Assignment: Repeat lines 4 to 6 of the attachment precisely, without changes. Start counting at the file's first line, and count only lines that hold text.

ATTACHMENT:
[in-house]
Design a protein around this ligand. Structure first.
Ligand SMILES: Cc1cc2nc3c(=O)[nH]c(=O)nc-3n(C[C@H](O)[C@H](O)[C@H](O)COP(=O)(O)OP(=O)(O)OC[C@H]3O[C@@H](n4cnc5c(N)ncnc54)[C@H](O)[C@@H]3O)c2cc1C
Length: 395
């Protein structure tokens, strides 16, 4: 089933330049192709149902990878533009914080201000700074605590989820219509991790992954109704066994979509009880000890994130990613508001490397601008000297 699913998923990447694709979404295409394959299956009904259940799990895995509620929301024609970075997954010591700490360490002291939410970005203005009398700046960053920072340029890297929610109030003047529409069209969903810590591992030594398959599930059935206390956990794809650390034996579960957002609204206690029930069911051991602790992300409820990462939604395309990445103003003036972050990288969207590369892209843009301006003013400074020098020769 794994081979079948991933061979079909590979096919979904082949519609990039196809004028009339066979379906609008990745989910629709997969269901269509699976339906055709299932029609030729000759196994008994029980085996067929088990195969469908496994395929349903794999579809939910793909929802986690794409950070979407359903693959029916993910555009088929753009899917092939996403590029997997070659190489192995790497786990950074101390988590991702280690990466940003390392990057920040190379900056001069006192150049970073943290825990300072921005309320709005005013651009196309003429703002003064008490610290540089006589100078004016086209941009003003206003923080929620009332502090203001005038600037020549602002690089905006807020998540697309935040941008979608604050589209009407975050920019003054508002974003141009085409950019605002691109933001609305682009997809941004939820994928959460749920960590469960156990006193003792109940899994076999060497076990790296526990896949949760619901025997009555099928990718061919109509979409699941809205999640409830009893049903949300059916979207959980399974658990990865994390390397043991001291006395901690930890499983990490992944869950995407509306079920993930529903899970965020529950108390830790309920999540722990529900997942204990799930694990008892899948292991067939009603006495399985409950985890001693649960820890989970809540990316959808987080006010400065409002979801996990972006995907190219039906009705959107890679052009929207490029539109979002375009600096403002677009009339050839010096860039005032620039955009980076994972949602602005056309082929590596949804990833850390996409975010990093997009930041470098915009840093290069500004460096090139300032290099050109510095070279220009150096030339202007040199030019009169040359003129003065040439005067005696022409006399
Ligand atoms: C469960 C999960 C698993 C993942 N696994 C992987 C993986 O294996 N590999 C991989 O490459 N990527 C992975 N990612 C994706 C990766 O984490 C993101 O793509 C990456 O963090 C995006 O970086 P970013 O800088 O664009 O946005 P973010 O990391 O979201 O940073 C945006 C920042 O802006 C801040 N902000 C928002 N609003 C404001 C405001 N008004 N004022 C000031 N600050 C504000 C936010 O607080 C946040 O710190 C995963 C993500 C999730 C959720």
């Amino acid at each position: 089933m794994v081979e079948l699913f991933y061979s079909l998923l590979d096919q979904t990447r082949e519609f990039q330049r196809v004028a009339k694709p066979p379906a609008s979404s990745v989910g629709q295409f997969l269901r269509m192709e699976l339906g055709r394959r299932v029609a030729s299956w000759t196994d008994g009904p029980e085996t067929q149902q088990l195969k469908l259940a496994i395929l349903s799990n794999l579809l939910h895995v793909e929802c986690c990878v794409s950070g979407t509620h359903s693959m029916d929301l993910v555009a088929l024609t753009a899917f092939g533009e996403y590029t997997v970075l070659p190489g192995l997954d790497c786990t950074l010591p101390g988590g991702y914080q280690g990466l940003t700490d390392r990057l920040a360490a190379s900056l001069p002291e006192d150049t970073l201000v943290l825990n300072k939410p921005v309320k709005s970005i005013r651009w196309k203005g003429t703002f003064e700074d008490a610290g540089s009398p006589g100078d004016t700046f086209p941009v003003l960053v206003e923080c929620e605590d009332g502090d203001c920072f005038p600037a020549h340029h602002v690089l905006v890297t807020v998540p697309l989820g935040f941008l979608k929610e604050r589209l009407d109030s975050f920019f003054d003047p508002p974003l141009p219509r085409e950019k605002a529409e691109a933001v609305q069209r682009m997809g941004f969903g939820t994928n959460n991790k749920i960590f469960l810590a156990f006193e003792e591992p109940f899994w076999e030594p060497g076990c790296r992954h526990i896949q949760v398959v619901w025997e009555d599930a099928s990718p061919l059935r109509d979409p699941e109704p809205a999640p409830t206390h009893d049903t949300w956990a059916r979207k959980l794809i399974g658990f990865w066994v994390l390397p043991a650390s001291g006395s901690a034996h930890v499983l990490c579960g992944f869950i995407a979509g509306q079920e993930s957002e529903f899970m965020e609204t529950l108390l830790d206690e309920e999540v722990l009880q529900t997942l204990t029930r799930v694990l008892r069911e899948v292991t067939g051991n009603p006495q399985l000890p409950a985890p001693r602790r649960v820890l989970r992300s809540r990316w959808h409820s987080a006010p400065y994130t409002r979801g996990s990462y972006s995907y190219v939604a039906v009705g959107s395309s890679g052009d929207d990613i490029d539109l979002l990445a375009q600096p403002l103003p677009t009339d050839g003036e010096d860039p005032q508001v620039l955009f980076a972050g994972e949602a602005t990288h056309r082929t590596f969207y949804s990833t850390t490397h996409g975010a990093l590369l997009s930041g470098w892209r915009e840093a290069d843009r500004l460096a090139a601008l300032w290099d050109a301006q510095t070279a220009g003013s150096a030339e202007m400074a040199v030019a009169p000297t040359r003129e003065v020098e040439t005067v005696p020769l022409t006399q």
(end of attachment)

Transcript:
Length: 395
């Protein structure tokens, strides 16, 4: 089933330049192709149902990878533009914080201000700074605590989820219509991790992954109704066994979509009880000890994130990613508001490397601008000297 699913998923990447694709979404295409394959299956009904259940799990895995509620929301024609970075997954010591700490360490002291939410970005203005009398700046960053920072340029890297929610109030003047529409069209969903810590591992030594398959599930059935206390956990794809650390034996579960957002609204206690029930069911051991602790992300409820990462939604395309990445103003003036972050990288969207590369892209843009301006003013400074020098020769 794994081979079948991933061979079909590979096919979904082949519609990039196809004028009339066979379906609008990745989910629709997969269901269509699976339906055709299932029609030729000759196994008994029980085996067929088990195969469908496994395929349903794999579809939910793909929802986690794409950070979407359903693959029916993910555009088929753009899917092939996403590029997997070659190489192995790497786990950074101390988590991702280690990466940003390392990057920040190379900056001069006192150049970073943290825990300072921005309320709005005013651009196309003429703002003064008490610290540089006589100078004016086209941009003003206003923080929620009332502090203001005038600037020549602002690089905006807020998540697309935040941008979608604050589209009407975050920019003054508002974003141009085409950019605002691109933001609305682009997809941004939820994928959460749920960590469960156990006193003792109940899994076999060497076990790296526990896949949760619901025997009555099928990718061919109509979409699941809205999640409830009893049903949300059916979207959980399974658990990865994390390397043991001291006395901690930890499983990490992944869950995407509306079920993930529903899970965020529950108390830790309920999540722990529900997942204990799930694990008892899948292991067939009603006495399985409950985890001693649960820890989970809540990316959808987080006010400065409002979801996990972006995907190219039906009705959107890679052009929207490029539109979002375009600096403002677009009339050839010096860039005032620039955009980076994972949602602005056309082929590596949804990833850390996409975010990093997009930041470098915009840093290069500004460096090139300032290099050109510095070279220009150096030339202007040199030019009169040359003129003065040439005067005696022409006399
Ligand atoms: C469960 C999960 C698993 C993942 N696994 C992987 C993986 O294996 N590999 C991989 O490459 N990527 C992975 N990612 C994706 C990766 O984490 C993101 O793509 C990456 O963090 C995006 O970086 P970013 O800088 O664009 O946005 P973010 O990391 O979201 O940073 C945006 C920042 O802006 C801040 N902000 C928002 N609003 C404001 C405001 N008004 N004022 C000031 N600050 C504000 C936010 O607080 C946040 O710190 C995963 C993500 C999730 C959720």